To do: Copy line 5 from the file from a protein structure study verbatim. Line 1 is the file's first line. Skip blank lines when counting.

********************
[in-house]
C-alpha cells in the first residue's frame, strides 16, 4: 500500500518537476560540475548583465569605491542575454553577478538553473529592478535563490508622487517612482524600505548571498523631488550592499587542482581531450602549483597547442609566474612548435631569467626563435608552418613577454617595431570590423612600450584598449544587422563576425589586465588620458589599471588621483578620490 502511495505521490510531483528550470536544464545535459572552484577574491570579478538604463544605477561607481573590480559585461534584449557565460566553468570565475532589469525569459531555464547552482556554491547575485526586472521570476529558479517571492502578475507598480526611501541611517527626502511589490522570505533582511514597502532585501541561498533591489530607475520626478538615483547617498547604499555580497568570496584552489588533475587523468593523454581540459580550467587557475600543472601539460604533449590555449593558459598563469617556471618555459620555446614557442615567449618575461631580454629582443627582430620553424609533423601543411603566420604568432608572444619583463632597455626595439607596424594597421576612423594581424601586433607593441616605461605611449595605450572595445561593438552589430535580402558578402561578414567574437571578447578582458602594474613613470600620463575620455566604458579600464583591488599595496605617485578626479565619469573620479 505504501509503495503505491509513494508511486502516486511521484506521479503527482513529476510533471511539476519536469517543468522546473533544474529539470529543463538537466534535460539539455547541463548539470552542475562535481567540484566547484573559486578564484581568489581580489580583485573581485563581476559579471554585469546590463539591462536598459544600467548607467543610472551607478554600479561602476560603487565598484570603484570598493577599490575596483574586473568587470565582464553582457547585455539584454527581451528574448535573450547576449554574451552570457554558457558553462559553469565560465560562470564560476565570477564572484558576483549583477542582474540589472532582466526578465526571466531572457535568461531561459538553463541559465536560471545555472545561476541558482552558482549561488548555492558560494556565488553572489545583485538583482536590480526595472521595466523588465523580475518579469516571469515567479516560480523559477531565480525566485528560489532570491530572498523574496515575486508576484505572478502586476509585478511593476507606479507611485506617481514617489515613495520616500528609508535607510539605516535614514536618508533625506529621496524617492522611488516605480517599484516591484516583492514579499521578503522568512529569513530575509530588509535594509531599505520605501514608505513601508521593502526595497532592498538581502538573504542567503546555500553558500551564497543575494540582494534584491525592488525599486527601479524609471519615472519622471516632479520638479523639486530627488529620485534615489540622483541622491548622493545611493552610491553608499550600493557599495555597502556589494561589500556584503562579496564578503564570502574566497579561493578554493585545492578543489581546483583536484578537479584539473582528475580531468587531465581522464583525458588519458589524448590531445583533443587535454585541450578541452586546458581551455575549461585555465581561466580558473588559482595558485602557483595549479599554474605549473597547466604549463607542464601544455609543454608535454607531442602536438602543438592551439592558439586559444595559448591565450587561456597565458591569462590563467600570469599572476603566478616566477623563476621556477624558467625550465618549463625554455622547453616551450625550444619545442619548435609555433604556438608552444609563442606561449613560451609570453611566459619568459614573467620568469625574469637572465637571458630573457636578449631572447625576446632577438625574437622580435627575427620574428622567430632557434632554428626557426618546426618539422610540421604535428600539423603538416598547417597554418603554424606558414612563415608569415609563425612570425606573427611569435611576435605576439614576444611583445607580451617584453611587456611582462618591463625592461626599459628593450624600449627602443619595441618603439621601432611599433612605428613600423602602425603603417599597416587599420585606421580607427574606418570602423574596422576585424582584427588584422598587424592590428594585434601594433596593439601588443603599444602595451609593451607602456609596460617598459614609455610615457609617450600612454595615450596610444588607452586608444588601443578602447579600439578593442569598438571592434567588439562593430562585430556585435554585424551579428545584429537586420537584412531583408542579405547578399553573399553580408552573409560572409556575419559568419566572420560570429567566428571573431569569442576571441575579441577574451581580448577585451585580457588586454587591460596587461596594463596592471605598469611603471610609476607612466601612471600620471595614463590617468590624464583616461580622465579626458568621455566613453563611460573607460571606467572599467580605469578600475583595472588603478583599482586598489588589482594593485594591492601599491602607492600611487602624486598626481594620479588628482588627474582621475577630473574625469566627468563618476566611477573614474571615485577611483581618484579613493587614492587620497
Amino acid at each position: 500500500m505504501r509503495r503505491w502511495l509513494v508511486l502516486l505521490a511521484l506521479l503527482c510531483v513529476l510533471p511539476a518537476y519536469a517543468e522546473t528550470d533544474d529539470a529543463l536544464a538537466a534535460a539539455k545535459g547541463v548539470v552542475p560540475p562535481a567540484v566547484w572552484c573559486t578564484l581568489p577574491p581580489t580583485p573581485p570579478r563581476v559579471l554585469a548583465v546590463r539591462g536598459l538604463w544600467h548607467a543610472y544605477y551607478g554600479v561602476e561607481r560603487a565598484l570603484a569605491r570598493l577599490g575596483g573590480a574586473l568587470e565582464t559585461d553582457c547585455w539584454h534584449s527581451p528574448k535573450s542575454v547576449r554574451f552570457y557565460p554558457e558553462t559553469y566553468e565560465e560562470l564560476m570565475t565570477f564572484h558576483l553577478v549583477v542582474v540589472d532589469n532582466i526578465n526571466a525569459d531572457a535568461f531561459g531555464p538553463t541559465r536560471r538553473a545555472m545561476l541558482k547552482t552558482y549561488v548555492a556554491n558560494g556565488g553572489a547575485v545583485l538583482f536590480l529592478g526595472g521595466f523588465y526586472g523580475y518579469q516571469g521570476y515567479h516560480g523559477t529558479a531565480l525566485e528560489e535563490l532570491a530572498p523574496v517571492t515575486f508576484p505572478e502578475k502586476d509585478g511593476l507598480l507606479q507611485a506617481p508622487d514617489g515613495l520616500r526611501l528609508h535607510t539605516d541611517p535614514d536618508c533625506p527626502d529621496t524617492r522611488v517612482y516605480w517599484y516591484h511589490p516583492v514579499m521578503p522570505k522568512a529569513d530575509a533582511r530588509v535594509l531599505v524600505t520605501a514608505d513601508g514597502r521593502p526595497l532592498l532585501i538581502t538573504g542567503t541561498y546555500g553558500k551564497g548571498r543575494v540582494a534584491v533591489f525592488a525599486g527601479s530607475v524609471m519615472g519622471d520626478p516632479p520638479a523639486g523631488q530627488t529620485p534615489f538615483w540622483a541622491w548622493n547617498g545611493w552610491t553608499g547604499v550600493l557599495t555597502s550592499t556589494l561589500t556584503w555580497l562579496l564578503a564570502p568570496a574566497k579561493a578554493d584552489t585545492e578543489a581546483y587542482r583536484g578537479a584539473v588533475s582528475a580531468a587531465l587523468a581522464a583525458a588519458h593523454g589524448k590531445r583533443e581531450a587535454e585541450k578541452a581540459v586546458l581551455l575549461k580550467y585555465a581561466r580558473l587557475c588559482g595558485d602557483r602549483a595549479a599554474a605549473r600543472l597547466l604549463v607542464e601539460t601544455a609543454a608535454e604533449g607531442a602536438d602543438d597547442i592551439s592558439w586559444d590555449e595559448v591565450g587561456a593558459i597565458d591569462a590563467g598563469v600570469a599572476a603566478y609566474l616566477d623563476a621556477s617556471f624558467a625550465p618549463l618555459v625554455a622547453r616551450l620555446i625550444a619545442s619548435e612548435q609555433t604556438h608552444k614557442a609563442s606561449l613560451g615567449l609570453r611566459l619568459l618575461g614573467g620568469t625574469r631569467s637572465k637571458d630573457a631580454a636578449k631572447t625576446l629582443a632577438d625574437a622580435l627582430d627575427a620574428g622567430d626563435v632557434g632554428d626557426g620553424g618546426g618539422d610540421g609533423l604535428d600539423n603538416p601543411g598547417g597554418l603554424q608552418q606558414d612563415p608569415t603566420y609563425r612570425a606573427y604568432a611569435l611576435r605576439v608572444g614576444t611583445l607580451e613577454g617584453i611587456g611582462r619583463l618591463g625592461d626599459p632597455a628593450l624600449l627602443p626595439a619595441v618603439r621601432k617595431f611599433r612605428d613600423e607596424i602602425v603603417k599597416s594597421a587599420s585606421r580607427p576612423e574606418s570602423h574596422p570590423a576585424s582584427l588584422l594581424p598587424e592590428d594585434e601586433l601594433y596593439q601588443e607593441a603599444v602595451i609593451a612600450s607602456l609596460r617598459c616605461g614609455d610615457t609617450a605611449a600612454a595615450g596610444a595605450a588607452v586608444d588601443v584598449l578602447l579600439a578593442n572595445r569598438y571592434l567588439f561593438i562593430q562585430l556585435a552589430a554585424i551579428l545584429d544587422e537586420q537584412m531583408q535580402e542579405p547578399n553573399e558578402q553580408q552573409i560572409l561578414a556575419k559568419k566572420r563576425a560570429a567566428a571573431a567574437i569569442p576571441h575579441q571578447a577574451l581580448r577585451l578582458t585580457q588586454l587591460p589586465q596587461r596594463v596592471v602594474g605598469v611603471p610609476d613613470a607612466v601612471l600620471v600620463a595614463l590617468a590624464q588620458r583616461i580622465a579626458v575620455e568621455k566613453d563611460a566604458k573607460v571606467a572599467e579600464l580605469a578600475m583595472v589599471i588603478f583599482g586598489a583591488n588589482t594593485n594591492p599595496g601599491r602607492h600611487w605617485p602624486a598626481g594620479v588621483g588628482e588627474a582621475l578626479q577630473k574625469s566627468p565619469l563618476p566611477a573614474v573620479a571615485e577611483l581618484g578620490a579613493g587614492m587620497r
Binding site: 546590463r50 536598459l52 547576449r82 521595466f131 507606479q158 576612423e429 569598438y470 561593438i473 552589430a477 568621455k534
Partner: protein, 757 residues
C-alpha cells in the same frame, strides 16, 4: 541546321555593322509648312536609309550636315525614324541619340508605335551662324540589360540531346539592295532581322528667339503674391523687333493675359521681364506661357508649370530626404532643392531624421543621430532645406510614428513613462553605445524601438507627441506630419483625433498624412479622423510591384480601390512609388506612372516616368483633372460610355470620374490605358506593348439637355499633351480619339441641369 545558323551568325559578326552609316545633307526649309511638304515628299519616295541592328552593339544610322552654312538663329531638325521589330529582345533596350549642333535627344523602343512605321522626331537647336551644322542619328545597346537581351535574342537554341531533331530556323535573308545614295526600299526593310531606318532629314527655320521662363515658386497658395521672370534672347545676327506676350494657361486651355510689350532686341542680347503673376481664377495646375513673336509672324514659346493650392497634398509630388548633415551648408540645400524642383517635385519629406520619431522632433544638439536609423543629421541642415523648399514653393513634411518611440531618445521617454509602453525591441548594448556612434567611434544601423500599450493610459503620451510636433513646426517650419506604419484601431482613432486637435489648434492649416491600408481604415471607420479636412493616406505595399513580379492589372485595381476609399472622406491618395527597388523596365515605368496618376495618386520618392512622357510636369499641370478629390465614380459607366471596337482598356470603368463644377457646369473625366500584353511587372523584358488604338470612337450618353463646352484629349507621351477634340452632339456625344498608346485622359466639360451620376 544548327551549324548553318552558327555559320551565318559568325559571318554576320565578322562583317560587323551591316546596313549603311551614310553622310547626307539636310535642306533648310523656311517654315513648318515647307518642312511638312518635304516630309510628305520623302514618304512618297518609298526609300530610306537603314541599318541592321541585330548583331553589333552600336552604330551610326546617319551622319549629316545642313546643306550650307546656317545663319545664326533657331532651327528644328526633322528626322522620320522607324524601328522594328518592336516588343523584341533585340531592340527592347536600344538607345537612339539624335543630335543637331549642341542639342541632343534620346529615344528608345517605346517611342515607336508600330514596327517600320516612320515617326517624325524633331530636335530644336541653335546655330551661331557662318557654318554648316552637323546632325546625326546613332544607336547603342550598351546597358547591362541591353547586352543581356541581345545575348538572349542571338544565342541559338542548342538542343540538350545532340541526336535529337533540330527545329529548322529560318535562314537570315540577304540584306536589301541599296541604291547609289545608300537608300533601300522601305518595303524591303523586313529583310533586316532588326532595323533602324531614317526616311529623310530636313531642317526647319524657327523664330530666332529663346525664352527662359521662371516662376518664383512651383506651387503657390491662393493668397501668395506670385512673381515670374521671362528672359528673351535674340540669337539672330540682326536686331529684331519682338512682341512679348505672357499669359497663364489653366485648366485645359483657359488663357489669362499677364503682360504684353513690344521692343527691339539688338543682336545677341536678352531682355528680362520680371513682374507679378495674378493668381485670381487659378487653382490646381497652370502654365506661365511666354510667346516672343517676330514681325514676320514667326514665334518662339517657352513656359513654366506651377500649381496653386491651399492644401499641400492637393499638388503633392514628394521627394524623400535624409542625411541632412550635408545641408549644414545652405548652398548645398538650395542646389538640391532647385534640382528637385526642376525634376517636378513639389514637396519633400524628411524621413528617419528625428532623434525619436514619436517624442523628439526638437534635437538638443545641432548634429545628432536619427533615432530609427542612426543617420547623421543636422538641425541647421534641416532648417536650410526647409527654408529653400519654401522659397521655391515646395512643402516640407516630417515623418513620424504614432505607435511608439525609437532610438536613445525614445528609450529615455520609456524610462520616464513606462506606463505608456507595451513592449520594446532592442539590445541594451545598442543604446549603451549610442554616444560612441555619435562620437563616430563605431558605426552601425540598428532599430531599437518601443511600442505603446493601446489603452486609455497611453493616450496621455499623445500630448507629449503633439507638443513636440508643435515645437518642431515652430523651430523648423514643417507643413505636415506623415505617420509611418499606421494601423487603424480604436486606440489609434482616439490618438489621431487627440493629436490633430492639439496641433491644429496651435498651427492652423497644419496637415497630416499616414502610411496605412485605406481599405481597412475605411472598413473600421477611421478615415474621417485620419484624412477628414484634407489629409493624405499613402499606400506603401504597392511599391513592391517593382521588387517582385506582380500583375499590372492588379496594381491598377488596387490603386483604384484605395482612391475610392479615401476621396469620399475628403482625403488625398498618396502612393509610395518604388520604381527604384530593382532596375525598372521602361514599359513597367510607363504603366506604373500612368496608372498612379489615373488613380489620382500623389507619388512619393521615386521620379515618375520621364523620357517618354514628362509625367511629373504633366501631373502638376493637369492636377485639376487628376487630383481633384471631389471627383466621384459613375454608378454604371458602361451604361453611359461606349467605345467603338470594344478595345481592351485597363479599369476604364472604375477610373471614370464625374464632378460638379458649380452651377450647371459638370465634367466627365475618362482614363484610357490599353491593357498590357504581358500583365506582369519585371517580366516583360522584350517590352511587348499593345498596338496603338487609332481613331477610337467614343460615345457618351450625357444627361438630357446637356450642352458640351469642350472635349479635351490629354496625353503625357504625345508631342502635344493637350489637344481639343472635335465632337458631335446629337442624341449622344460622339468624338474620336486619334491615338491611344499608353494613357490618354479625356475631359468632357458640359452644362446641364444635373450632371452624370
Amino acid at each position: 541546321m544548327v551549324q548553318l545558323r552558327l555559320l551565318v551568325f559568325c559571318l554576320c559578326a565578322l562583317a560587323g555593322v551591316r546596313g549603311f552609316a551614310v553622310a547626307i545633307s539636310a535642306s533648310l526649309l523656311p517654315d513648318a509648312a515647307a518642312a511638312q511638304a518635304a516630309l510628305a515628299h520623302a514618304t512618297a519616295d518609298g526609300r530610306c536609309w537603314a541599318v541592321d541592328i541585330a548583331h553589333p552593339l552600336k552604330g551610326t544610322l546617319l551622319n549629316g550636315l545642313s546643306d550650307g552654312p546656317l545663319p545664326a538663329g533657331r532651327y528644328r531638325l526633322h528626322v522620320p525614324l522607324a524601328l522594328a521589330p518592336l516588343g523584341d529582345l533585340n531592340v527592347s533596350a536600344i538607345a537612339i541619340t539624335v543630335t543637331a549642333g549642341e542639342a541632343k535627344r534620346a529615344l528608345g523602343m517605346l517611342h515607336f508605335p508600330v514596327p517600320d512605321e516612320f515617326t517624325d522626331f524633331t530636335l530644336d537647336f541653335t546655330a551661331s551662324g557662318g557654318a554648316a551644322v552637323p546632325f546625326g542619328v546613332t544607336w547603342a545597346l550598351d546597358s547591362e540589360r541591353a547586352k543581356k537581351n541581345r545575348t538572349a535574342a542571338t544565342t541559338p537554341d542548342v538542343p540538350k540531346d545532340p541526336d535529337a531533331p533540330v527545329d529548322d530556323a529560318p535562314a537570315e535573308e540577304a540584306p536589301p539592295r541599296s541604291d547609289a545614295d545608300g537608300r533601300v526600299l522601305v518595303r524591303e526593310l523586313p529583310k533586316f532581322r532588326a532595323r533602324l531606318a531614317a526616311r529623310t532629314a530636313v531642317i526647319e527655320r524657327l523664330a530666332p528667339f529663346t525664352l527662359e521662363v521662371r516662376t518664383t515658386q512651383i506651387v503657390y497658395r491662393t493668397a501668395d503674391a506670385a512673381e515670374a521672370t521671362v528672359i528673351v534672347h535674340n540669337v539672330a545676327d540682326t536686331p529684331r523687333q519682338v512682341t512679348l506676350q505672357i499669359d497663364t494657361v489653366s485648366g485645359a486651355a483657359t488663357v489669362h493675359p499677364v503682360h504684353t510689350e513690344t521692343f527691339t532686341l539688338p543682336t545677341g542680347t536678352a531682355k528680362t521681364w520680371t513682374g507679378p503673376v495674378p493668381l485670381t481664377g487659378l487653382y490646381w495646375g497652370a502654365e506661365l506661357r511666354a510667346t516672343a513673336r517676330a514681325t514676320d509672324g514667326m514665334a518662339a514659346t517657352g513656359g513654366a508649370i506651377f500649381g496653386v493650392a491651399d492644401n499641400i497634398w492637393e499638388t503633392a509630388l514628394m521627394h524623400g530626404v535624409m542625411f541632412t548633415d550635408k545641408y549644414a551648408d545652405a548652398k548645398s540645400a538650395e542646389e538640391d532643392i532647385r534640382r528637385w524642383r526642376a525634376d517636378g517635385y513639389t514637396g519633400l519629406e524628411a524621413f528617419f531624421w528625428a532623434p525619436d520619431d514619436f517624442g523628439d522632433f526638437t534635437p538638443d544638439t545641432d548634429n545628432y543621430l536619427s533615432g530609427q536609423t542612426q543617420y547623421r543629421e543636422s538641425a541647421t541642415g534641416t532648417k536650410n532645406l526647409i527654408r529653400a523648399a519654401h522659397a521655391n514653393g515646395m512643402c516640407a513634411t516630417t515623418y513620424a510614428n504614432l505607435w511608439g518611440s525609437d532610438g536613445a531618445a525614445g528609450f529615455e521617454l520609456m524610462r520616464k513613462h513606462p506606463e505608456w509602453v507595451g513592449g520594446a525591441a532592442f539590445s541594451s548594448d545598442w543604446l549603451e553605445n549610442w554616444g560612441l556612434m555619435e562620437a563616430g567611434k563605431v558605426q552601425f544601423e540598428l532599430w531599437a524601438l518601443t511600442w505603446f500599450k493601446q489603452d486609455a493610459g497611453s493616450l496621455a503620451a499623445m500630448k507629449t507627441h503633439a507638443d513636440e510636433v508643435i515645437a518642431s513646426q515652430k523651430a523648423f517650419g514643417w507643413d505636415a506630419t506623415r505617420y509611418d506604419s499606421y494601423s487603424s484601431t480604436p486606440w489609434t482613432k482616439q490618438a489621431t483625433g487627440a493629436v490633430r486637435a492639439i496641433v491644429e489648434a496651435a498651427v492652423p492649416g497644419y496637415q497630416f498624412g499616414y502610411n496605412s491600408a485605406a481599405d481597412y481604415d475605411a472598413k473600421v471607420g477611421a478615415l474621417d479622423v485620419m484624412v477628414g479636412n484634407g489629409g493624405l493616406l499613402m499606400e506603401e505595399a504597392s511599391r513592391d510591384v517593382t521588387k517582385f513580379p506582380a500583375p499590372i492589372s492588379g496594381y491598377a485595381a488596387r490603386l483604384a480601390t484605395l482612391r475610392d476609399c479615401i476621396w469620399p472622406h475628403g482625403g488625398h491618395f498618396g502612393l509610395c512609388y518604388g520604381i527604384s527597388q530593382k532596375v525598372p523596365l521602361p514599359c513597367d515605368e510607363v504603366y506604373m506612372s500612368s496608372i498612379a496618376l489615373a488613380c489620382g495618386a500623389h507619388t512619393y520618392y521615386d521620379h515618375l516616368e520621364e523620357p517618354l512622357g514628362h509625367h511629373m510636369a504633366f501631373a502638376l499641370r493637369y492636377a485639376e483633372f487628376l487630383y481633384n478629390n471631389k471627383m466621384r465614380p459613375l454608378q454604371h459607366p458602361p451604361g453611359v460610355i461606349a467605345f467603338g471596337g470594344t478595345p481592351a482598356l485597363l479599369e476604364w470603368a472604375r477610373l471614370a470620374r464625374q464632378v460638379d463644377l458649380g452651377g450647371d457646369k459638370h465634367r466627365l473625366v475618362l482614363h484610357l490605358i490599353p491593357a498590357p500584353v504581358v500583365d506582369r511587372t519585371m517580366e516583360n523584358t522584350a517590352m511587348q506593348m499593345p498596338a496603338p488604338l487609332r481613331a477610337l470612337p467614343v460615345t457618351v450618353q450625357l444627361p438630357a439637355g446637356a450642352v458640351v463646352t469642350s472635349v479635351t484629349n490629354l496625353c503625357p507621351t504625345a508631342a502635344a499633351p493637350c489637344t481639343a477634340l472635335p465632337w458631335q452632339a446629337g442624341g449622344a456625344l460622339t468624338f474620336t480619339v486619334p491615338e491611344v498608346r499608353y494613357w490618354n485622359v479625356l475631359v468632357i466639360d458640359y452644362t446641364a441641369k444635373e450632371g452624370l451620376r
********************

Partner: protein, 757 residues